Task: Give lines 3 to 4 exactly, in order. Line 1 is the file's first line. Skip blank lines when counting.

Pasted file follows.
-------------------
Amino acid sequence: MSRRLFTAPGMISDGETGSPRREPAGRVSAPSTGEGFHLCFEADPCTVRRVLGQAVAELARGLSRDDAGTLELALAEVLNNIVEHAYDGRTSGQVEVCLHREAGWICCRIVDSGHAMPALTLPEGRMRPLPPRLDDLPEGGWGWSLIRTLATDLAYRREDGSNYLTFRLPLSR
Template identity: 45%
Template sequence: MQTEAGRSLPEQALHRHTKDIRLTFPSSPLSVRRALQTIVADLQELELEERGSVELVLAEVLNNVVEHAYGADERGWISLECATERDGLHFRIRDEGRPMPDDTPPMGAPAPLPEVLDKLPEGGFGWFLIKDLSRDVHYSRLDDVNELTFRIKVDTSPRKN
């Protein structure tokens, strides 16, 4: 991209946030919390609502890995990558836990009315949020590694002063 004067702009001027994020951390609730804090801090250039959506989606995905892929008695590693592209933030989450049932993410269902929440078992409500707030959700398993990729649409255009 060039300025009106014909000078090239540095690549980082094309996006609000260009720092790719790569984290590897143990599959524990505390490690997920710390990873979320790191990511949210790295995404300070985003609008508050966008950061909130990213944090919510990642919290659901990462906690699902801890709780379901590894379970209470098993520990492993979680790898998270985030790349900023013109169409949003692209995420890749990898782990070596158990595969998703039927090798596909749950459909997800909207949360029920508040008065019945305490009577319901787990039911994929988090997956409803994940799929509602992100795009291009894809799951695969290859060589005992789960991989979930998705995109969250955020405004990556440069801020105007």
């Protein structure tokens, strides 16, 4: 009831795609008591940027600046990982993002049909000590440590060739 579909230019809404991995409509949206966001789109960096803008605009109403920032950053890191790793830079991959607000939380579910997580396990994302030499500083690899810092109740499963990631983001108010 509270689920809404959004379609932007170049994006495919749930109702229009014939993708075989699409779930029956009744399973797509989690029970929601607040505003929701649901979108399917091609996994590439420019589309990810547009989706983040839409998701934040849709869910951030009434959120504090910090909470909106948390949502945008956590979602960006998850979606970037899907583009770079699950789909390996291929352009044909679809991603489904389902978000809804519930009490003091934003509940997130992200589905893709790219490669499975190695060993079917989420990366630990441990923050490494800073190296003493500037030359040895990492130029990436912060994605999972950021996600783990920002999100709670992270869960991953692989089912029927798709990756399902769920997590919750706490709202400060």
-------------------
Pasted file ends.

Template sequence: MQTEAGRSLPEQALHRHTKDIRLTFPSSPLSVRRALQTIVADLQELELEERGSVELVLAEVLNNVVEHAYGADERGWISLECATERDGLHFRIRDEGRPMPDDTPPMGAPAPLPEVLDKLPEGGFGWFLIKDLSRDVHYSRLDDVNELTFRIKVDTSPRKN
């Protein structure tokens, strides 16, 4: 991209946030919390609502890995990558836990009315949020590694002063 004067702009001027994020951390609730804090801090250039959506989606995905892929008695590693592209933030989450049932993410269902929440078992409500707030959700398993990729649409255009 060039300025009106014909000078090239540095690549980082094309996006609000260009720092790719790569984290590897143990599959524990505390490690997920710390990873979320790191990511949210790295995404300070985003609008508050966008950061909130990213944090919510990642919290659901990462906690699902801890709780379901590894379970209470098993520990492993979680790898998270985030790349900023013109169409949003692209995420890749990898782990070596158990595969998703039927090798596909749950459909997800909207949360029920508040008065019945305490009577319901787990039911994929988090997956409803994940799929509602992100795009291009894809799951695969290859060589005992789960991989979930998705995109969250955020405004990556440069801020105007």